How Havells is transforming the AC market in India
Havells is debt-free now. Its war chest has ₹1,590 crore of cash (in the nine months ending December 2016). The stock of Havells dropped 2.7 per cent on Monday fearing margin dilution post-acquisition as Lloyd’s consumer business’ margins are much lower. However, we see it bringing benefits for the company in the next one-two years.
This acquisition will help Havells get a foothold in the under-penetrated room air-conditioner market. Compared to other white goods — TV, refrigerator and washing machines, market penetration is the lowest in air conditioners — at about 3-4 per cent. Lloyd’s has 10,000 touch points (dealer/distributor network) across India which will benefit Havells now.
Havells’ management says the deal will be EPS-neutral in the first year.
For the nine months ended December 2016, Lloyd’s consumer business posted revenue of ₹1,242 crore and operating profit of ₹75 crore. Havells has estimated that for the first year, this business will make a profit contribution of ₹110 crore (with sales of ₹1,850 crore) to it.
The price paid for the acquisition looks reasonable. Based on the full-year earnings estimate given by Havells for Lloyd’s consumer business, the price agreed for the deal comes to EV/EBITDA of 14.5 times. Peers including Voltas, Hitachi, Blue Star and Whirlpool of India are trading at 22-24 times EV/EBITDA.
For Lloyd Electric & Engineering, the consumer durable business (air-conditioners, washing machines, LED panels, refrigerators and small appliances) contributes 49 per cent to revenue. It has a market share of 14 per cent in the room air-conditioners segment and is among the top three players in the space.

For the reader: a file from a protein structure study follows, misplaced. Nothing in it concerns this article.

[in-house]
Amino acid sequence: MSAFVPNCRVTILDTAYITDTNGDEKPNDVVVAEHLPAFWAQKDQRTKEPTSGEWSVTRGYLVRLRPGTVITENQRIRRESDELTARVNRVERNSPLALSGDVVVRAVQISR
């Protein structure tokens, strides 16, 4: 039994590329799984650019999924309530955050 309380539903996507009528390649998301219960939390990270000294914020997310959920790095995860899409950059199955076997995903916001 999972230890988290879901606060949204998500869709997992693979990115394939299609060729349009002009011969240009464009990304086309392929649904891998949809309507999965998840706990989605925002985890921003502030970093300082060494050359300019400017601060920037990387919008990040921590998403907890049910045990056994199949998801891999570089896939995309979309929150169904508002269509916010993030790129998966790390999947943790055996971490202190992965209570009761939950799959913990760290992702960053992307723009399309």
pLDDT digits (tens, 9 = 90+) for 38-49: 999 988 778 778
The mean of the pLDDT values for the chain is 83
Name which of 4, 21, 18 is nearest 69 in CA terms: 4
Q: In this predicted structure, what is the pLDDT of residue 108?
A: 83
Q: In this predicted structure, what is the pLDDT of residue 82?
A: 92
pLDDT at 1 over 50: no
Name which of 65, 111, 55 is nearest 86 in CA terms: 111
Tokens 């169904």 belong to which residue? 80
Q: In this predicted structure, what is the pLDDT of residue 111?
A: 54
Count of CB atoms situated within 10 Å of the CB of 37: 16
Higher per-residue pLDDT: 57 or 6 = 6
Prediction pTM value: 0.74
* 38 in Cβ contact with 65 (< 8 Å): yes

The company is also a vendor of air-conditioners for brands including Voltas, Blue Star, Hitachi, LG and Whirlpool, among others. In the recent December quarter, the consumer durable segment registered a revenue growth of 43 per cent. Margin at the operating level was 5.5 per cent, which was lower by 100 basis points compared to the same period in the previous year. While other consumer durable players in the market enjoy a higher single digit (9-10 per cent) margin, Lloyd’s lower profitability can be attributed to its high marketing and ad spends (significantly higher compared to peers) and higher incentives offered to dealers.
Given the history of successful integration of companies (CrabTree, T-Series’ fans, Promptec) acquired by Havells in the past, and the successful turnaround at Sylvania (before it was sold out), Havells may also be able to improve Lloyd’s business over the next one year.